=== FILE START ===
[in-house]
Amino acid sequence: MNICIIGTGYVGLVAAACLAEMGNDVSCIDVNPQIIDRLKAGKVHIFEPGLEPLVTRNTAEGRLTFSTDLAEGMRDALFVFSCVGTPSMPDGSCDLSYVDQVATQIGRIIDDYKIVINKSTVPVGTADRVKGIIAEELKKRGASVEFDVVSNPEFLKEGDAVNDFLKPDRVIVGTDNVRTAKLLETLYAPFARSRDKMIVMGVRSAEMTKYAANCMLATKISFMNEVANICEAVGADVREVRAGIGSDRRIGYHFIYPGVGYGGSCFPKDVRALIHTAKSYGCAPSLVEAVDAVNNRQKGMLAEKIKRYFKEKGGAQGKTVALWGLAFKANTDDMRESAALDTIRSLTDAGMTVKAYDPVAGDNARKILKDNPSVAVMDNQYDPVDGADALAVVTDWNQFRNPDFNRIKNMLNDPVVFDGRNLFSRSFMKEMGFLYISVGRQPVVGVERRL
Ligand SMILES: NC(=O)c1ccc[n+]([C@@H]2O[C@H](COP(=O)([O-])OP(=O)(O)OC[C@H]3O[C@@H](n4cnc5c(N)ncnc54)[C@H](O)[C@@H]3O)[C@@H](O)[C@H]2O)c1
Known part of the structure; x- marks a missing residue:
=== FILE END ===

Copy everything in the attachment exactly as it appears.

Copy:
[in-house]
Amino acid sequence: MNICIIGTGYVGLVAAACLAEMGNDVSCIDVNPQIIDRLKAGKVHIFEPGLEPLVTRNTAEGRLTFSTDLAEGMRDALFVFSCVGTPSMPDGSCDLSYVDQVATQIGRIIDDYKIVINKSTVPVGTADRVKGIIAEELKKRGASVEFDVVSNPEFLKEGDAVNDFLKPDRVIVGTDNVRTAKLLETLYAPFARSRDKMIVMGVRSAEMTKYAANCMLATKISFMNEVANICEAVGADVREVRAGIGSDRRIGYHFIYPGVGYGGSCFPKDVRALIHTAKSYGCAPSLVEAVDAVNNRQKGMLAEKIKRYFKEKGGAQGKTVALWGLAFKANTDDMRESAALDTIRSLTDAGMTVKAYDPVAGDNARKILKDNPSVAVMDNQYDPVDGADALAVVTDWNQFRNPDFNRIKNMLNDPVVFDGRNLFSRSFMKEMGFLYISVGRQPVVGVERRL
Ligand SMILES: NC(=O)c1ccc[n+]([C@@H]2O[C@H](COP(=O)([O-])OP(=O)(O)OC[C@H]3O[C@@H](n4cnc5c(N)ncnc54)[C@H](O)[C@@H]3O)[C@@H](O)[C@H]2O)c1
Known part of the structure; x- marks a missing residue: